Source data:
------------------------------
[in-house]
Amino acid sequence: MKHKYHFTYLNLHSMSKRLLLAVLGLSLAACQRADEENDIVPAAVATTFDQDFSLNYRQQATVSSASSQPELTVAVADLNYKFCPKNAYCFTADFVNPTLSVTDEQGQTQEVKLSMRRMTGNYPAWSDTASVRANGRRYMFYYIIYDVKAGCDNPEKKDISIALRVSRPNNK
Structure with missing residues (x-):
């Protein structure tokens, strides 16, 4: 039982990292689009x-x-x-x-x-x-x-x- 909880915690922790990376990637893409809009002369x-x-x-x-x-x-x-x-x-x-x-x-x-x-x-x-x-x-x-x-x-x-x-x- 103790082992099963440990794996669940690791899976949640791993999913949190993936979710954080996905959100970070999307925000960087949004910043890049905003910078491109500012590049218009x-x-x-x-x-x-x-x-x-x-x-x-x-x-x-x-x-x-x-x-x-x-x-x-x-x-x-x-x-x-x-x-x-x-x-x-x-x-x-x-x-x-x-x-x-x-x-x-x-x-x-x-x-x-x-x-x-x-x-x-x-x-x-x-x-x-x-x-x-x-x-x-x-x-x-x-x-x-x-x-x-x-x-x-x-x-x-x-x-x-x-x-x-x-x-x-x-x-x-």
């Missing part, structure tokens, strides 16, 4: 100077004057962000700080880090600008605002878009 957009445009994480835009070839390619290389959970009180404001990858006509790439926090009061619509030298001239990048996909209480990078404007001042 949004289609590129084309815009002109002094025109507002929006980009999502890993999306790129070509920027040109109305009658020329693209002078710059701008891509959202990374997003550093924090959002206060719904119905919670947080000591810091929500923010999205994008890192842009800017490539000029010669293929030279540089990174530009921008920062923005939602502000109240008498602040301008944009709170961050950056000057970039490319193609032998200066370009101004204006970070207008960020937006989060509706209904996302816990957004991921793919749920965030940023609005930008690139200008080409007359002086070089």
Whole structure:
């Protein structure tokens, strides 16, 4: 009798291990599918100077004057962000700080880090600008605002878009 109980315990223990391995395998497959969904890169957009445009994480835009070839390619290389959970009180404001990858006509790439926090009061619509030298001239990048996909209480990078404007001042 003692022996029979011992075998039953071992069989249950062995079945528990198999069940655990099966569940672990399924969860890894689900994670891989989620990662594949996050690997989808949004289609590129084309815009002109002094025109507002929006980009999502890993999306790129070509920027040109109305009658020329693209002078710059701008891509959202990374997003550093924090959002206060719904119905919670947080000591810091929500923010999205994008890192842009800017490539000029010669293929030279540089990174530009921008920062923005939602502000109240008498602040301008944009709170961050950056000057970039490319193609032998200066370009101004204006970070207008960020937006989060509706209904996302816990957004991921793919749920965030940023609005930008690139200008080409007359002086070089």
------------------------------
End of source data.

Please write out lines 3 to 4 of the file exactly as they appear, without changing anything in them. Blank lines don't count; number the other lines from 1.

Structure with missing residues (x-):
């Protein structure tokens, strides 16, 4: 039982990292689009x-x-x-x-x-x-x-x- 909880915690922790990376990637893409809009002369x-x-x-x-x-x-x-x-x-x-x-x-x-x-x-x-x-x-x-x-x-x-x-x- 103790082992099963440990794996669940690791899976949640791993999913949190993936979710954080996905959100970070999307925000960087949004910043890049905003910078491109500012590049218009x-x-x-x-x-x-x-x-x-x-x-x-x-x-x-x-x-x-x-x-x-x-x-x-x-x-x-x-x-x-x-x-x-x-x-x-x-x-x-x-x-x-x-x-x-x-x-x-x-x-x-x-x-x-x-x-x-x-x-x-x-x-x-x-x-x-x-x-x-x-x-x-x-x-x-x-x-x-x-x-x-x-x-x-x-x-x-x-x-x-x-x-x-x-x-x-x-x-x-």